>One way to quickly solve the display problem is to set the direction of Ottoman Turkish to "auto".
This sounds good to me. If doing it would display sentences in both Arabic and Latin scripts correctly and wouldn't cause any unintended consequences, why not?
> I strongly discourage you from doing this because then these sentences are excluded from the Ottoman Turkish corpus, they won't show up in searches and statistics
I created only one pair set as 'unknown' for demonstration. I'm adding romanized Ottoman Turkish sentences to Turkish corpus for now. I will change them back to Ottoman Turkish once a solution is found.
> Have you seen the GitHub issue?
Sorry, I didn’t. I commented there too.
> Allowing Ottoman Turkish sentences in the Latin script will increase contributions in the old language and its readability.
I see. Let me try to understand the situation. Can you tell me if the following is correct?
1. Ottoman Turkish is not a living language any more (there are no native speakers alive).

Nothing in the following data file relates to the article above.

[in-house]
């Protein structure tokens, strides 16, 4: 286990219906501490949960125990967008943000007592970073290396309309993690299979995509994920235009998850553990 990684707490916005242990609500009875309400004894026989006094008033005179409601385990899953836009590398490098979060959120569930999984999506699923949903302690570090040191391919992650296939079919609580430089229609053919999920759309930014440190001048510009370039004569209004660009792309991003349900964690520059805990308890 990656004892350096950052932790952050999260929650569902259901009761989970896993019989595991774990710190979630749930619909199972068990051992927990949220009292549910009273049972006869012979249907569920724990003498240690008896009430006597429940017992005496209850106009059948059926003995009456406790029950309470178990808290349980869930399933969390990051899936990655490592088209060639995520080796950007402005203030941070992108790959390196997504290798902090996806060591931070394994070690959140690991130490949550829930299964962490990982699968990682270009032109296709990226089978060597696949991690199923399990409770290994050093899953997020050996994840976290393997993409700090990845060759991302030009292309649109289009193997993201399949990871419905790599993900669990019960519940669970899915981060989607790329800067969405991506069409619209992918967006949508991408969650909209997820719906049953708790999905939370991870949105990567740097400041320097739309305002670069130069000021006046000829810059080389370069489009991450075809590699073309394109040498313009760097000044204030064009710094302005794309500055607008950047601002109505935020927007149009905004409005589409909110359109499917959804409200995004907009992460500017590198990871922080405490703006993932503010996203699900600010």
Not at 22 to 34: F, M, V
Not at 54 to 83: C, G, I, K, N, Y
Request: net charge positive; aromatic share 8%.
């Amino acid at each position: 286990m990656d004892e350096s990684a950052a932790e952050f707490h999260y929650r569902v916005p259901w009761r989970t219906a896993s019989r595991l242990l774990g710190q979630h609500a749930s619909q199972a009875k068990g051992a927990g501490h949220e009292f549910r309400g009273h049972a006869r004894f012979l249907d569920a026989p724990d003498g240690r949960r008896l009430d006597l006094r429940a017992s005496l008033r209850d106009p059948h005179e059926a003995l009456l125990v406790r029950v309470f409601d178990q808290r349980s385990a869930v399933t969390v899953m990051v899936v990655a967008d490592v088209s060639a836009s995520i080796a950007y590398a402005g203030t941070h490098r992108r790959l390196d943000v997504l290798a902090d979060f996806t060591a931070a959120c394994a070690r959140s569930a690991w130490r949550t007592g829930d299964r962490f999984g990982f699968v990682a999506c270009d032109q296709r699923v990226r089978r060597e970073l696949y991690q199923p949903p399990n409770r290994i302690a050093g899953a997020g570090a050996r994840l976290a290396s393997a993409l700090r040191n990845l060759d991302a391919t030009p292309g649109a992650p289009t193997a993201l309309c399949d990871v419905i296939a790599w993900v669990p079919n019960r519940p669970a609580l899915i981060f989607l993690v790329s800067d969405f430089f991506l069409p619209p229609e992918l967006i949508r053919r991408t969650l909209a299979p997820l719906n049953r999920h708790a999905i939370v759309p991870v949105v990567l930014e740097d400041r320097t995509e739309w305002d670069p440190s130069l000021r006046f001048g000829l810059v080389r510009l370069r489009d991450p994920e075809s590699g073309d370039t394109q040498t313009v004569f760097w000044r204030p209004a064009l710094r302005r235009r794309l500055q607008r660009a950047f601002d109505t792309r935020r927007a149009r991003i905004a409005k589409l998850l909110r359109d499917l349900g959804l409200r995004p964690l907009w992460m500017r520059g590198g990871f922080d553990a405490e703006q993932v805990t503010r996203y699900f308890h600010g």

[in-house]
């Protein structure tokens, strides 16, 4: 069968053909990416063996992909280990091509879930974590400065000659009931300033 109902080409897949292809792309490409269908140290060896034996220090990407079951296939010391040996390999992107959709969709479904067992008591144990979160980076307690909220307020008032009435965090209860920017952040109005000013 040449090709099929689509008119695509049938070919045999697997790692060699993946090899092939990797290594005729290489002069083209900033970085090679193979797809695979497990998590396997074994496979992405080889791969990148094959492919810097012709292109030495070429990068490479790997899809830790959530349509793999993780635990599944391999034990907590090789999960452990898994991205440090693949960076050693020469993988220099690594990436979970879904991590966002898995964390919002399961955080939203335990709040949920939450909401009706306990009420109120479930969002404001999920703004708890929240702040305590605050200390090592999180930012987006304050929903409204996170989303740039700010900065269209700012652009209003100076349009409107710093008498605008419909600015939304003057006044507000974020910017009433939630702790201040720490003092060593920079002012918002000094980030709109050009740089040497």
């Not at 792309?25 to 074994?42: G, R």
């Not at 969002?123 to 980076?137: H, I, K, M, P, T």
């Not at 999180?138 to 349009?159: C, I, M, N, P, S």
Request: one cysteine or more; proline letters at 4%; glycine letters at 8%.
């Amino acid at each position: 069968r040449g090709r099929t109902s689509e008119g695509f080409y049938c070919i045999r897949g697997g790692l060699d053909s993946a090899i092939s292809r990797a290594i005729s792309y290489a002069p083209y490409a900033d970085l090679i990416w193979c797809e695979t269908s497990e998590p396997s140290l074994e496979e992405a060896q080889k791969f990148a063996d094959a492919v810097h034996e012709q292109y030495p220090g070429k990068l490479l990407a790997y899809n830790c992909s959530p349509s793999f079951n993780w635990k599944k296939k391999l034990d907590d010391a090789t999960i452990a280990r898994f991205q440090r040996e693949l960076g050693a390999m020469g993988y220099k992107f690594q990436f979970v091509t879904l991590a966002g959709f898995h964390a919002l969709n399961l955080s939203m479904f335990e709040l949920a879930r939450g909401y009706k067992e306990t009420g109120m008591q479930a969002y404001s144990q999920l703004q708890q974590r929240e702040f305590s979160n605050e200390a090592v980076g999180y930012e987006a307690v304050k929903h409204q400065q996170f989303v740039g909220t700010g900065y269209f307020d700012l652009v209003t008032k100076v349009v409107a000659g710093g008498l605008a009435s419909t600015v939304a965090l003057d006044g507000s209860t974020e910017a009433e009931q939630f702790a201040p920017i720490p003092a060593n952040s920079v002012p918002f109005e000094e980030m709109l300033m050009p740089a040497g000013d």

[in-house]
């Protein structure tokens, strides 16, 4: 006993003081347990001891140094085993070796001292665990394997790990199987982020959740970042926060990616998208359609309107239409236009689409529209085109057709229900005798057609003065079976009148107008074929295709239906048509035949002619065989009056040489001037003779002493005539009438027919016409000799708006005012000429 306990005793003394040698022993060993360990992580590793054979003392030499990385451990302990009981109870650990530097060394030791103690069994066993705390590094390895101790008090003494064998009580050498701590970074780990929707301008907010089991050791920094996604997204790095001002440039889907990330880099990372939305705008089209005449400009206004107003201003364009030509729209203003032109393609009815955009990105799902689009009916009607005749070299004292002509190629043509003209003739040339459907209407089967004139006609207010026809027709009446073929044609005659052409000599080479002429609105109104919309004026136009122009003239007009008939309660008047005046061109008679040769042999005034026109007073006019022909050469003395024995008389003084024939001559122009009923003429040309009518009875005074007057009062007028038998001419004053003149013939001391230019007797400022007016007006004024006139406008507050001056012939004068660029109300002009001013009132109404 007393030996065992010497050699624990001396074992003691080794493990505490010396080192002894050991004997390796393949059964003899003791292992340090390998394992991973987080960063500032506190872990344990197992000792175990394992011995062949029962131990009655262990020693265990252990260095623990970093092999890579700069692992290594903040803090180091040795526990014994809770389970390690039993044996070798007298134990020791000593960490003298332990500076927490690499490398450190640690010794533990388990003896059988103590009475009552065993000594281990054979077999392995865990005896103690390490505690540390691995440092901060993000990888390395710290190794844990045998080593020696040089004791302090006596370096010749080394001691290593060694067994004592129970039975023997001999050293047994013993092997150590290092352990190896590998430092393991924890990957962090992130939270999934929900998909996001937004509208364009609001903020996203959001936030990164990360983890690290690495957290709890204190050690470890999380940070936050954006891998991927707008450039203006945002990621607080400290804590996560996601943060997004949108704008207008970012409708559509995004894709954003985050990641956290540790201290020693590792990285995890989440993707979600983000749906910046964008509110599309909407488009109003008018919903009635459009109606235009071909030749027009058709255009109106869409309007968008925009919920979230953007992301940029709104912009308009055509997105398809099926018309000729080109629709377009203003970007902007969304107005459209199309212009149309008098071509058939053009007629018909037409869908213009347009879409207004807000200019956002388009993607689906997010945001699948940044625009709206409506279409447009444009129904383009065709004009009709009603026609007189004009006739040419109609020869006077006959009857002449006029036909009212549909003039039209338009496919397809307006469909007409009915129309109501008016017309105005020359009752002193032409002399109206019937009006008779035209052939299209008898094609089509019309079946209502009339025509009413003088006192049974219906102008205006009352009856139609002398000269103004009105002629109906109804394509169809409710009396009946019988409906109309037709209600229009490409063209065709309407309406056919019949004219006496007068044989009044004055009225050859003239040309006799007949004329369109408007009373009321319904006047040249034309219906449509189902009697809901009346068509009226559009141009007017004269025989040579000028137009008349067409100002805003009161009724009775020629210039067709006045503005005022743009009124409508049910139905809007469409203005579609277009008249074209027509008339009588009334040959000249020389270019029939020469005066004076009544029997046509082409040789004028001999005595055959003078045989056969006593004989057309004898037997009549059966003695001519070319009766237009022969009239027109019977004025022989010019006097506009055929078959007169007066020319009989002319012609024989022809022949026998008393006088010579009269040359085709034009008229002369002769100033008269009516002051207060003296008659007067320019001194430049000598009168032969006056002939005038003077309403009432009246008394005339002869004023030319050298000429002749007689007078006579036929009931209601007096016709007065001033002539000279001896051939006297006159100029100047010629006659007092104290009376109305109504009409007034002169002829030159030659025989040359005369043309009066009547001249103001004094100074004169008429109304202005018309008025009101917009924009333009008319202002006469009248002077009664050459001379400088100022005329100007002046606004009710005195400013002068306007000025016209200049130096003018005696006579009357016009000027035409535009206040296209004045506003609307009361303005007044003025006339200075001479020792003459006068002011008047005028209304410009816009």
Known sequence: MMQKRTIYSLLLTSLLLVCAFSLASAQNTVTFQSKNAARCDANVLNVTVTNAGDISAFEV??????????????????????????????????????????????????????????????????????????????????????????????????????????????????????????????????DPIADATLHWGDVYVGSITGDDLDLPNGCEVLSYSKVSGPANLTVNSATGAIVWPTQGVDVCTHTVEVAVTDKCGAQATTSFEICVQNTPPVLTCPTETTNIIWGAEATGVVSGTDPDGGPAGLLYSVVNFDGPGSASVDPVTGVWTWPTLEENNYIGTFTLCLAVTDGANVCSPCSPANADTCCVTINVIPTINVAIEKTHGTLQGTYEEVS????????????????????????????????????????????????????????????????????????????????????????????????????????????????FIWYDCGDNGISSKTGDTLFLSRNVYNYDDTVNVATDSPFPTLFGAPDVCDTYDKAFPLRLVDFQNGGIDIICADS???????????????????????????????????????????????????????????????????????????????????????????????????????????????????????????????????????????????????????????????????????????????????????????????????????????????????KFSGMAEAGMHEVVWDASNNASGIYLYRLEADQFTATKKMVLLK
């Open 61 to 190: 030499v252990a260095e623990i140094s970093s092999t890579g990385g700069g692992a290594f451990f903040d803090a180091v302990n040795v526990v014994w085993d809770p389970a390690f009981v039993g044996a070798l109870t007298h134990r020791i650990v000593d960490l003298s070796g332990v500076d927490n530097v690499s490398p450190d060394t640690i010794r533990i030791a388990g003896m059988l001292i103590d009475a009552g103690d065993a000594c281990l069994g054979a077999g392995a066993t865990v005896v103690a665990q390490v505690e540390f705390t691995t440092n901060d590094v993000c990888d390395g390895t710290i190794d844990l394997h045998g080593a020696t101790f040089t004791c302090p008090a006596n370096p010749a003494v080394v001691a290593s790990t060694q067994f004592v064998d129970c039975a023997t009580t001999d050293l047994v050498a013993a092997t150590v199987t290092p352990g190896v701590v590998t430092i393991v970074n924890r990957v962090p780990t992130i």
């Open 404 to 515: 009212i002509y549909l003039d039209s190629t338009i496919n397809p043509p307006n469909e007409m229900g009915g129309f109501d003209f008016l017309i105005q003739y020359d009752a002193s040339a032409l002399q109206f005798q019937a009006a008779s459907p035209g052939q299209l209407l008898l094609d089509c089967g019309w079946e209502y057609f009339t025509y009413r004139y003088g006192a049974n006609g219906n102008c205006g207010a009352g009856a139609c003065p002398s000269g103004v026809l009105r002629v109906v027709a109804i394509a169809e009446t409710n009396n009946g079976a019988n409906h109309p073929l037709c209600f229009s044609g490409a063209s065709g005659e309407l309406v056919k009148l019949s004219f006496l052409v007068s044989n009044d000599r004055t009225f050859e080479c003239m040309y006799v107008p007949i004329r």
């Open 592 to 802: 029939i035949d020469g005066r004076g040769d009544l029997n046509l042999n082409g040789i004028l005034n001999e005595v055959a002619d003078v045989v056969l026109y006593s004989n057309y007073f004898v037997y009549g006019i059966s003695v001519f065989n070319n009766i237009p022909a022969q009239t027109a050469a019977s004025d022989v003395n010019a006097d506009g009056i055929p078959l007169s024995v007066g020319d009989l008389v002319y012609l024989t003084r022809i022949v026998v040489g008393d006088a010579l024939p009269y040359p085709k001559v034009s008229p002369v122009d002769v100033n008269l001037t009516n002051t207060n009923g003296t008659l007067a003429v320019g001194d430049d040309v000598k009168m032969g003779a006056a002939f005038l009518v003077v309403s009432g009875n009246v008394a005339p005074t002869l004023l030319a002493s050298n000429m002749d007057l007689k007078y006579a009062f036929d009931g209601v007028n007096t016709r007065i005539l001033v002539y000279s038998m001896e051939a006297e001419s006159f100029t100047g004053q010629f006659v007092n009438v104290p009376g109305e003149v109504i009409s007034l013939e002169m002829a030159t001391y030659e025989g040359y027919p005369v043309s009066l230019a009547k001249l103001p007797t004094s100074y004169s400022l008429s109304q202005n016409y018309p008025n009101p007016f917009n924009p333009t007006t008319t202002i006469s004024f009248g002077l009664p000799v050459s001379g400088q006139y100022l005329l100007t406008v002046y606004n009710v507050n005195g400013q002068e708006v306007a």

2. Native speakers of Ottoman Turkish used the Arabic script only.
3. Most of the people who understand Ottoman Turkish are native speakers of Turkish.
4. Native speakers of Turkish are unfamiliar with the Arabic script.
If that is correct, I believe it makes sense to convert Ottoman Turkish from Arabic to Latin, but not the other way around, because Latin not is no more than a reading aid for native speakers of Turkish. In other words, I think all Ottoman Turkish sentences should stay in Arabic only, while we only attach Latin as a transcription of them.
> I created only one pair set as 'unknown' for demonstration.
I see. Next time, please use https://dev.tatoeba.org/ instead for demonstration purposes.
Yes, they're all correct, gillux. Even if there were some very old people using Ottoman Turkish as the primary language today, they, too, would use the Latin script to be understood.
I'm not asking Ottoman Turkish sentences to be converted to Latin anyway. If one wants to add sentences in the Arabic script, it's perfectly fine. I simply want users to be allowed using the Latin script, too. The Arabic script is consonantal. That makes it rather difficult to read and use unknown words and expressions comparing to the Latin script. Perhaps that's why almost all Ottoman Turkish sentences here are transliterations of modern Turkish.